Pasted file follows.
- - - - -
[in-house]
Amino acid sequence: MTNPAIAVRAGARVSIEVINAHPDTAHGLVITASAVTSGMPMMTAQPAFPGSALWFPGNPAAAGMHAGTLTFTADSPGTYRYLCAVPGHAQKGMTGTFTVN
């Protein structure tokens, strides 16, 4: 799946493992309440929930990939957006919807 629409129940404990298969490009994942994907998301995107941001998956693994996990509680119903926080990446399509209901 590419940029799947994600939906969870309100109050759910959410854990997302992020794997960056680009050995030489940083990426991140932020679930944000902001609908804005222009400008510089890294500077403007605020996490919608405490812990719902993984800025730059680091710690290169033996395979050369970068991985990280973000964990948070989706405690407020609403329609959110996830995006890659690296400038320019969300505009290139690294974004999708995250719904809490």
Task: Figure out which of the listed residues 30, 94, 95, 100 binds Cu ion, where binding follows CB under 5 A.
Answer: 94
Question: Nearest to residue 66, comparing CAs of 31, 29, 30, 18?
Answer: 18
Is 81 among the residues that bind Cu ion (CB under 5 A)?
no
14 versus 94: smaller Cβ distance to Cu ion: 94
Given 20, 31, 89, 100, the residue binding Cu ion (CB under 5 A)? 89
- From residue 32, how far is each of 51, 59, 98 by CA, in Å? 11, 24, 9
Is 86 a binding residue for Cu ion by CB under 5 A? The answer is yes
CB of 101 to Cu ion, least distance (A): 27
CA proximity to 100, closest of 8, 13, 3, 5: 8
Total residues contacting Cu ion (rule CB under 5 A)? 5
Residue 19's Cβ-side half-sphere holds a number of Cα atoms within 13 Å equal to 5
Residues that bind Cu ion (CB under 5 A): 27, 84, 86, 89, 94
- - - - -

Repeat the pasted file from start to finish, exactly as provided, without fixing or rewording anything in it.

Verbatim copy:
[in-house]
Amino acid sequence: MTNPAIAVRAGARVSIEVINAHPDTAHGLVITASAVTSGMPMMTAQPAFPGSALWFPGNPAAAGMHAGTLTFTADSPGTYRYLCAVPGHAQKGMTGTFTVN
């Protein structure tokens, strides 16, 4: 799946493992309440929930990939957006919807 629409129940404990298969490009994942994907998301995107941001998956693994996990509680119903926080990446399509209901 590419940029799947994600939906969870309100109050759910959410854990997302992020794997960056680009050995030489940083990426991140932020679930944000902001609908804005222009400008510089890294500077403007605020996490919608405490812990719902993984800025730059680091710690290169033996395979050369970068991985990280973000964990948070989706405690407020609403329609959110996830995006890659690296400038320019969300505009290139690294974004999708995250719904809490």
Task: Figure out which of the listed residues 30, 94, 95, 100 binds Cu ion, where binding follows CB under 5 A.
Answer: 94
Question: Nearest to residue 66, comparing CAs of 31, 29, 30, 18?
Answer: 18
Is 81 among the residues that bind Cu ion (CB under 5 A)?
no
14 versus 94: smaller Cβ distance to Cu ion: 94
Given 20, 31, 89, 100, the residue binding Cu ion (CB under 5 A)? 89
- From residue 32, how far is each of 51, 59, 98 by CA, in Å? 11, 24, 9
Is 86 a binding residue for Cu ion by CB under 5 A? The answer is yes
CB of 101 to Cu ion, least distance (A): 27
CA proximity to 100, closest of 8, 13, 3, 5: 8
Total residues contacting Cu ion (rule CB under 5 A)? 5
Residue 19's Cβ-side half-sphere holds a number of Cα atoms within 13 Å equal to 5
Residues that bind Cu ion (CB under 5 A): 27, 84, 86, 89, 94